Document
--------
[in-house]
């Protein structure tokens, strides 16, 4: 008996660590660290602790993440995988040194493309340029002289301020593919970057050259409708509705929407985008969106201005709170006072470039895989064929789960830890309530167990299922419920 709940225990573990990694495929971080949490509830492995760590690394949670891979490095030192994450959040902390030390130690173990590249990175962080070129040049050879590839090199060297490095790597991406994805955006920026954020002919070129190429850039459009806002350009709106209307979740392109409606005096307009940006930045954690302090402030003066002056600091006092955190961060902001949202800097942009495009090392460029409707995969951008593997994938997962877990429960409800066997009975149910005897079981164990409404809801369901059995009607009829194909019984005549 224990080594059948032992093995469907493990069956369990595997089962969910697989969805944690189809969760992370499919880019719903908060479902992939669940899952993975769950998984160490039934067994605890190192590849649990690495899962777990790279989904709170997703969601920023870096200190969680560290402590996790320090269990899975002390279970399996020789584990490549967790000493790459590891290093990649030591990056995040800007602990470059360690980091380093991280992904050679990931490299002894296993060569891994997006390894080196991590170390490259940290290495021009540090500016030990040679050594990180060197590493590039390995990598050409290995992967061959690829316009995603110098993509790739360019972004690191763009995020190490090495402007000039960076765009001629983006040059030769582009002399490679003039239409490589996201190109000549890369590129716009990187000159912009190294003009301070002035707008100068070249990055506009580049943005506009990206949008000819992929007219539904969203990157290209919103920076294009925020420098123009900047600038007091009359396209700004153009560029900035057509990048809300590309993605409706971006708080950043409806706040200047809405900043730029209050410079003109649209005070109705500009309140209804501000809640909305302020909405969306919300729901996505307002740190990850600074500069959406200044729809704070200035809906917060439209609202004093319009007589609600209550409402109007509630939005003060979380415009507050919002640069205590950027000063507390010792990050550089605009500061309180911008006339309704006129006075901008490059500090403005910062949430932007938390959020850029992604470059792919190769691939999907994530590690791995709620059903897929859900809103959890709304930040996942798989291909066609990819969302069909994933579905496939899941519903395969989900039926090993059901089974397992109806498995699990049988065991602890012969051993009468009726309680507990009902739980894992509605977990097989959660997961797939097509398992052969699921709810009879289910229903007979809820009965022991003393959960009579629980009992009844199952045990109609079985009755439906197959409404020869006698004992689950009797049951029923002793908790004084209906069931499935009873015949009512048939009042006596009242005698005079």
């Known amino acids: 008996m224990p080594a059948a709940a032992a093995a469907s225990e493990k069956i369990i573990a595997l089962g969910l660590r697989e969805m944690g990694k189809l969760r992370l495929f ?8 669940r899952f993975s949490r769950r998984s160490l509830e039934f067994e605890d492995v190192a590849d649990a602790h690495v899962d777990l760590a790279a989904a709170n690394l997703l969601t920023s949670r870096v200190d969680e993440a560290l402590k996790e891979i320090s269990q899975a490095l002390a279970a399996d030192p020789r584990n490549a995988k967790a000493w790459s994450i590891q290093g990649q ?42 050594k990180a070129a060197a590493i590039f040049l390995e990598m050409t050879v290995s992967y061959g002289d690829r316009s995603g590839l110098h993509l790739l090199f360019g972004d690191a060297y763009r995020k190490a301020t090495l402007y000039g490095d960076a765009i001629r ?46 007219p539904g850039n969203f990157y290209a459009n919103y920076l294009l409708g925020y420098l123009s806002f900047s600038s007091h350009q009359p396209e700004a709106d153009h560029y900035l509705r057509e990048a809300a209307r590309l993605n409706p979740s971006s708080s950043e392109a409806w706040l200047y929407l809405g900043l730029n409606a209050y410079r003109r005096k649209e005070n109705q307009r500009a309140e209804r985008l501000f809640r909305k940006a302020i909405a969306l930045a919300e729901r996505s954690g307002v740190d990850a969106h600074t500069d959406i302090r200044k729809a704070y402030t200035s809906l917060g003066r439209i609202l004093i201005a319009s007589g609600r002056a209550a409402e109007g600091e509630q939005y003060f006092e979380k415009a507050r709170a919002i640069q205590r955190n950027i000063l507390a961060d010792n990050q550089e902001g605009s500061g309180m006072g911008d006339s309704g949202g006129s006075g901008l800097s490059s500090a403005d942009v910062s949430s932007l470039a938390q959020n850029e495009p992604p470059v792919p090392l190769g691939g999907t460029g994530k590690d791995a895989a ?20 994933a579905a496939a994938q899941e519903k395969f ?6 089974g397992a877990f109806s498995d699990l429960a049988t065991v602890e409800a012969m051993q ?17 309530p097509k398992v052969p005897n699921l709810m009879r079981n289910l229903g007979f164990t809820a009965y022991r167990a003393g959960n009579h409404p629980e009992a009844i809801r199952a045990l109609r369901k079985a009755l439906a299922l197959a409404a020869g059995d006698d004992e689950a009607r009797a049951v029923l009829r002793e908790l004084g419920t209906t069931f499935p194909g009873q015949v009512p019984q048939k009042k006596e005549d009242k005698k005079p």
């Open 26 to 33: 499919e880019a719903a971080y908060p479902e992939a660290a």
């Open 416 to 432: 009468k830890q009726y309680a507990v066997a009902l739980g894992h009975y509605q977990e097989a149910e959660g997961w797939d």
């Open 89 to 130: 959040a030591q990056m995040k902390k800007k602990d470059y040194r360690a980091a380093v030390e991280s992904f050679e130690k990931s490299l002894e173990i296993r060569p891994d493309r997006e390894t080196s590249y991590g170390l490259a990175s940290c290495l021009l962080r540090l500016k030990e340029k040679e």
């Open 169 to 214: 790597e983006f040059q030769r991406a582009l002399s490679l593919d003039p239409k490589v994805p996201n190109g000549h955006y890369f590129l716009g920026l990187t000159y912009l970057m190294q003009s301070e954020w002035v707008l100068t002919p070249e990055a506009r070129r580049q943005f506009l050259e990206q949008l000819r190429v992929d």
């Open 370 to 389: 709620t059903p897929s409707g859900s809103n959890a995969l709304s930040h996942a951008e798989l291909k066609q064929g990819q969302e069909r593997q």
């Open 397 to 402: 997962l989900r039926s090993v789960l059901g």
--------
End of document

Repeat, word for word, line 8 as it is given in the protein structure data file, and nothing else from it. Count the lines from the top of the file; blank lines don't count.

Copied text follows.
């Open 370 to 389: 709620t059903p897929s409707g859900s809103n959890a995969l709304s930040h996942a951008e798989l291909k066609q064929g990819q969302e069909r593997q």